My sister lives in South Korea. She doesn’t get to come home often, but what she discovered on one of her visits a few months ago baffled her. Gangnam Style was sweeping the United States. At first, she was confused. She said it was a popular dance in South Korean clubs, and she’d certainly heard it on Korean radio. But that did not explain why I was asking her to teach me the dance during a TV time-out during a football game in LSU’s Death Valley last fall.
To me, the reason was obvious. Gangnam Style had gone viral. Traditionally, South Korean culture doesn’t have a big influence in the United States, which may be why my sister was so confused by 92,000 people singing the only part of the song they actually understood. The video became the first in YouTube history to surpass 1 billion views, crushing the record previously held by Justin Bieber’s “Baby.” (That video came in at a mere 803 million views.)
The Internet and social media mean that just about anyone can become a sensation overnight. But that doesn’t mean that anyone can set out and guarantee they’ll be a sensation. Some of the best viral videos are a result of total accidents or someone having a camera ready at just the right time. Consider the following YouTube videos:
• Charlie Bit Me – Five years ago, someone had the camera ready when baby Charlie bit his brother’s finger and “it really hurt, Charlie!” Now, they sell T-shirts and have had follow-up interviews with national media outlets.
• Rick Roll – If you’re familiar with this one, you know I’m not doing it right. If I really wanted to “Rick Roll” you, I would have labeled this as a funny cat video or something. At some point, this 1980s music video became a joke, and it took off when Fox News “Rick Rolled” one of its anchors. I’ll be honest – I still worry when clicking unknown links from a few friends.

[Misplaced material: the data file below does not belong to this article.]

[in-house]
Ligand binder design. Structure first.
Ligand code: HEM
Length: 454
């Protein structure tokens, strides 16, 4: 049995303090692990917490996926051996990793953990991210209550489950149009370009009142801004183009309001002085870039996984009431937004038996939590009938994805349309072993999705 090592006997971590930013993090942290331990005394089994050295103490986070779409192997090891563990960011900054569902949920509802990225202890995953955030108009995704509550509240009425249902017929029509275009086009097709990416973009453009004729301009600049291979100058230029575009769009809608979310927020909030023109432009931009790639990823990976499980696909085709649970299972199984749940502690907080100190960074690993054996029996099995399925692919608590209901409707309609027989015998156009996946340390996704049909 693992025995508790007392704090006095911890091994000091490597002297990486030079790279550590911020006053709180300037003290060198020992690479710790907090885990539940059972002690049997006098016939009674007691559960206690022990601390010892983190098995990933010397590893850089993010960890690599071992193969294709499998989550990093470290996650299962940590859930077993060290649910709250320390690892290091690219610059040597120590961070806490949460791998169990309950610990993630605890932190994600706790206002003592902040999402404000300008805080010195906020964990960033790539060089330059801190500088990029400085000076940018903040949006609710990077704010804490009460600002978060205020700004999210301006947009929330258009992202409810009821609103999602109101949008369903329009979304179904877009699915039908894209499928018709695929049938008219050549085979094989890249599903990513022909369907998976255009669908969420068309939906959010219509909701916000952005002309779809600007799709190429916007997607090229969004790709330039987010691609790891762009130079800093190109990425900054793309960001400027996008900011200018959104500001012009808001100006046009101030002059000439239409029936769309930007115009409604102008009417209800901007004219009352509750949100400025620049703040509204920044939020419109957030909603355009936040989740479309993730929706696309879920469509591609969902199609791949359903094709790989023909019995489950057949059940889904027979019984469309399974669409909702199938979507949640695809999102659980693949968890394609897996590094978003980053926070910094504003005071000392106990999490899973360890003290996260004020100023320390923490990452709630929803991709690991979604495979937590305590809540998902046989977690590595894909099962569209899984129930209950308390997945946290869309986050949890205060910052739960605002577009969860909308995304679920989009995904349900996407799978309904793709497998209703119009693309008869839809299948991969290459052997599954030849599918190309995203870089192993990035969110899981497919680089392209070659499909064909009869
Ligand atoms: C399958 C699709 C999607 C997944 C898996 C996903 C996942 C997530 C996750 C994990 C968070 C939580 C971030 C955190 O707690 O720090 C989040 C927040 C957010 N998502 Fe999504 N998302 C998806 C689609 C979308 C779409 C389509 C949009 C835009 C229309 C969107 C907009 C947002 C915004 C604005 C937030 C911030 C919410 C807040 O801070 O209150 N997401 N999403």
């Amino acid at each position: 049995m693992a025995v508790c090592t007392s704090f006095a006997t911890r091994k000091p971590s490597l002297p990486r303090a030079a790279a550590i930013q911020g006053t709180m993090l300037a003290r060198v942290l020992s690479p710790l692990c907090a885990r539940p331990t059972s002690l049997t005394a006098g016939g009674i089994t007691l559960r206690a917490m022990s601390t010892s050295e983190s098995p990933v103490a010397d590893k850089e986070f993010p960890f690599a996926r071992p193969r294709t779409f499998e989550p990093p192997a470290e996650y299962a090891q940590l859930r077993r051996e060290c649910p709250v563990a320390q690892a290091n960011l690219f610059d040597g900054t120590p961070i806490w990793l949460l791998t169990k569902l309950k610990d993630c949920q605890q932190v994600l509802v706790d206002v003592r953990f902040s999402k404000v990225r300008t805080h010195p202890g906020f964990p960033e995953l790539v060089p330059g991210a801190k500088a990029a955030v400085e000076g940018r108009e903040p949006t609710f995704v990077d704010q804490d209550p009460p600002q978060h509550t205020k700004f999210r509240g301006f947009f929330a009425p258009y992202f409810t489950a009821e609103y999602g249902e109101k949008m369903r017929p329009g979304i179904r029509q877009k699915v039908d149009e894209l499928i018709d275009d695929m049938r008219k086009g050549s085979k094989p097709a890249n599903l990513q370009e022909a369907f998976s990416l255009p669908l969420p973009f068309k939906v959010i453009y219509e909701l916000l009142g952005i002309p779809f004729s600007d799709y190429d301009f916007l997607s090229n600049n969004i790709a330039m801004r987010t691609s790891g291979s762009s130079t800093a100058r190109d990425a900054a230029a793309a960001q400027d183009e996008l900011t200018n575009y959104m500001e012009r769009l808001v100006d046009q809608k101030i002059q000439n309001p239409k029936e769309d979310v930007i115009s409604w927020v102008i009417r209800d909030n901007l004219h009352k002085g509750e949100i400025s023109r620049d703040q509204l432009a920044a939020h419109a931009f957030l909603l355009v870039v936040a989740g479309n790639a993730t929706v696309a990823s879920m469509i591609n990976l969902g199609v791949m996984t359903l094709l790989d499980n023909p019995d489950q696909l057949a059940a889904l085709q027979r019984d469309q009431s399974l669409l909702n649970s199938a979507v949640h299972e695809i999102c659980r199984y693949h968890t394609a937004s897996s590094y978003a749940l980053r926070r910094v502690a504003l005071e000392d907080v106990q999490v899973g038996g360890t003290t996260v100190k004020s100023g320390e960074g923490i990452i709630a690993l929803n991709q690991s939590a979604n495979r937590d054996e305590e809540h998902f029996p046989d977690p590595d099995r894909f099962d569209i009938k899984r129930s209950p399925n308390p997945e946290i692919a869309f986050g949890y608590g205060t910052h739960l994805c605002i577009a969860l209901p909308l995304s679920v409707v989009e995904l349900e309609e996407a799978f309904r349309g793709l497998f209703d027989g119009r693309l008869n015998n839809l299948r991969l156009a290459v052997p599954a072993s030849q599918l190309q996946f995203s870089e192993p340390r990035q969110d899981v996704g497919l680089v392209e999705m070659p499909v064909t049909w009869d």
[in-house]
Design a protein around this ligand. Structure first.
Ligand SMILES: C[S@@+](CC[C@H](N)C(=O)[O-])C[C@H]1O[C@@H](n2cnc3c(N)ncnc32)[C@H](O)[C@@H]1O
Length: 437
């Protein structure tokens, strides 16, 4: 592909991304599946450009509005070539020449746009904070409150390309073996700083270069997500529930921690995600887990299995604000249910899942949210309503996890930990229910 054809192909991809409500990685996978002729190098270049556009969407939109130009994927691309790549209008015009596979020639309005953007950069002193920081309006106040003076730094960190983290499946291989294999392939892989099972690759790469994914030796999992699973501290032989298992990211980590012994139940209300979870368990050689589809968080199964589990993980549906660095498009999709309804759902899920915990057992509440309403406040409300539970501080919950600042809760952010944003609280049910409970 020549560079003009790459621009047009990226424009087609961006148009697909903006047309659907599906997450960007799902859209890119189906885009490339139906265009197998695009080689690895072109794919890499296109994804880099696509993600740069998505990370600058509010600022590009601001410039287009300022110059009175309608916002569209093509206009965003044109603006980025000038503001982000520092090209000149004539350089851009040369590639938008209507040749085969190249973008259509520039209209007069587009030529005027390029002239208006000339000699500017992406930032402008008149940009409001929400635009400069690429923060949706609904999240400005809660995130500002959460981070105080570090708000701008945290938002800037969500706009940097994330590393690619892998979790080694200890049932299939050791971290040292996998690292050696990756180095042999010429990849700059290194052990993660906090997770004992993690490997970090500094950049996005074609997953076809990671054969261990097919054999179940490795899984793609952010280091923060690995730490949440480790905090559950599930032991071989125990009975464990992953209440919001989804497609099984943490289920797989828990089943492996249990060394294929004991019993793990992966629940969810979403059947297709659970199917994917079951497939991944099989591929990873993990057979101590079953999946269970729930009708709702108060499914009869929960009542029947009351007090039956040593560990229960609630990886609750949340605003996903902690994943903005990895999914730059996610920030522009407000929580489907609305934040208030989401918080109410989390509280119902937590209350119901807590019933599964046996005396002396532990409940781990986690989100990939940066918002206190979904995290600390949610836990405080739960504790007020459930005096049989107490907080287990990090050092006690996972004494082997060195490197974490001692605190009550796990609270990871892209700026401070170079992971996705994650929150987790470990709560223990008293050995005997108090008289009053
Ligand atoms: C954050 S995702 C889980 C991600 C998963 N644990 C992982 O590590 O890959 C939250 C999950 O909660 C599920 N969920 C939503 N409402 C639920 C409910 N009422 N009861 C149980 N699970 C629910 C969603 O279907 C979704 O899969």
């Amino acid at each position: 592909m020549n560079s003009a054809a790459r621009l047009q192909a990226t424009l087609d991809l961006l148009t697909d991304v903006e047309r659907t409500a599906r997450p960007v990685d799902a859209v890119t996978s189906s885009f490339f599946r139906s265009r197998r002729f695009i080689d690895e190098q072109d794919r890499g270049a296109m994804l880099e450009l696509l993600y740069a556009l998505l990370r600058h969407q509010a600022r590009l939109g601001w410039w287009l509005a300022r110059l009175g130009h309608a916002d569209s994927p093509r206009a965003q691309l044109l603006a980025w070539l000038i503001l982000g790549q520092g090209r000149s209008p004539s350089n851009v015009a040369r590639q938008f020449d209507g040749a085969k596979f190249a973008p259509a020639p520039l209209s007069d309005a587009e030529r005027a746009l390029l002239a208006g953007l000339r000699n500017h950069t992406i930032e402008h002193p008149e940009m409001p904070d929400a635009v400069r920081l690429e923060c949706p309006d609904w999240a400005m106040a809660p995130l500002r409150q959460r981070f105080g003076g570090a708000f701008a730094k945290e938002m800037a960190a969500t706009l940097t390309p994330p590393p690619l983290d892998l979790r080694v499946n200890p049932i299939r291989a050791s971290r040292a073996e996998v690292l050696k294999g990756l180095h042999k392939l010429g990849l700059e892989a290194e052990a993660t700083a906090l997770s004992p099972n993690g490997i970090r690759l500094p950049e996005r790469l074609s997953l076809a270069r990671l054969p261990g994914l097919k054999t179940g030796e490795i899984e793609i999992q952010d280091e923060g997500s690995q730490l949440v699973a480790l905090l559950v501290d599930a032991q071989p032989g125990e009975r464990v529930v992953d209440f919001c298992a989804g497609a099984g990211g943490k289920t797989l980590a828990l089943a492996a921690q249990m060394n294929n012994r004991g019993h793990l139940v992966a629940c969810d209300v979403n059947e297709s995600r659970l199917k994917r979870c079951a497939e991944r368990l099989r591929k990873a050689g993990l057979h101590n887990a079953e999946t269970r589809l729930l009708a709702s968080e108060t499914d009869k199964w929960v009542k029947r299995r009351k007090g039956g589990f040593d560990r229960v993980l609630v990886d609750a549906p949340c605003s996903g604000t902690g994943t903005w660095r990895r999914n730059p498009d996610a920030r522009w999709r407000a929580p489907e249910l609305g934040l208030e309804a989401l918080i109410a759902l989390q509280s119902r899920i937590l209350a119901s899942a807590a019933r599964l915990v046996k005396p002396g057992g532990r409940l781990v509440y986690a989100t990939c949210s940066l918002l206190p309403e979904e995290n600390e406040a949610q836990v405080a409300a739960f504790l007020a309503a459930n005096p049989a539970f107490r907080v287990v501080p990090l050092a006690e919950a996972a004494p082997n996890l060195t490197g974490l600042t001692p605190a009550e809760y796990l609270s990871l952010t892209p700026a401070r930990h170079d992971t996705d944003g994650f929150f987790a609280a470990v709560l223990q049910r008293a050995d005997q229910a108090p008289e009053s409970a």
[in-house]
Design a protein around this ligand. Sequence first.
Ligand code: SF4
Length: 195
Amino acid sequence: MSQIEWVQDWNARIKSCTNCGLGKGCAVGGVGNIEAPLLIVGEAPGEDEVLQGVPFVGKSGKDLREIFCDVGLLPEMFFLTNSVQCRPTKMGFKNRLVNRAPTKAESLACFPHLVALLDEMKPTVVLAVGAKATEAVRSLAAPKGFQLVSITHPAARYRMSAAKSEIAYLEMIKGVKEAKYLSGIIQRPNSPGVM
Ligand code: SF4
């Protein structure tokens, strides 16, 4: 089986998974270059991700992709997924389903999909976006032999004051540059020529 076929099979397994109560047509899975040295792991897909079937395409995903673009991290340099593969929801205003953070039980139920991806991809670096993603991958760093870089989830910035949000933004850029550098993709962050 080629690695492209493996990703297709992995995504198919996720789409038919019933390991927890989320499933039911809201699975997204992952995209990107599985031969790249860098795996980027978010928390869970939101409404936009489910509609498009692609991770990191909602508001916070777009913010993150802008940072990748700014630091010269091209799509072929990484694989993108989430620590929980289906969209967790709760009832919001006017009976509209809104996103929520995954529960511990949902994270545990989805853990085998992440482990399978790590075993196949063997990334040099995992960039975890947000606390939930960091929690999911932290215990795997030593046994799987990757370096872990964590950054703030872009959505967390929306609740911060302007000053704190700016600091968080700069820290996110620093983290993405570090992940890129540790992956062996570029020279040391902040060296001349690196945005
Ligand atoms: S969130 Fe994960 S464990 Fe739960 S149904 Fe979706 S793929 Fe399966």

• Miss Teen South Carolina – Sometimes, videos go viral because enough people saw it happen the first time. After Miss Teen South Carolina shared her knowledge of South Africa and maps while competing for Miss Teen USA, more than 17 million people either heard about it and turned to YouTube or just couldn’t wait to see it again.
So how can you ensure lots of people see, share and enjoy your content on social media? Although you can never force something to go viral – that would negate the point of increasing view counts by popularity alone – there are a few steps you can take to help it along.
1. Create something viewers can relate to. You may have seen a few videos about things people say. If you live in Memphis, you’ve probably said a lot of the Things Memphians Say. If it’s funny because it’s true or very relatable, odds are people will enjoy it and want to share it.
2. Put it in the hands of the right people. In early January, One Direction set out to reclaim their record for the most video views within 24 hours. They hoped their new music video “Kiss Me” would break the record taken from them by Justin Bieber. But they’re One Direction. They can do that. They have millions of plugged-in teenybopper fans following them on Facebook, Twitter and various other avenues. Most people don’t have such a loyal following, so getting the right media outlets, video stars and supporters on board is the best way to go.
3. The snowball effect is not the same on the Internet. Once a video goes down, it’s rare for it to come back up. A video may rack up 2 million views in its first week – and only an additional 500,000 over the course of the next two years. With so much content available to them, viewers have to be pretty interested to keep coming back.
4. The definition of viral success is relative. Sure, some people aren’t happy until they’re breaking records, but if I post a video of my cat that gets 5,000 views, I’ll be pretty excited. Set realistic goals just like you would with any other campaign or tactic.
Of course, there is no perfect science to viral videos. Sometimes, it just happens when it reaches a tipping point. Got any tips or favorite videos we missed? Leave them in the comments!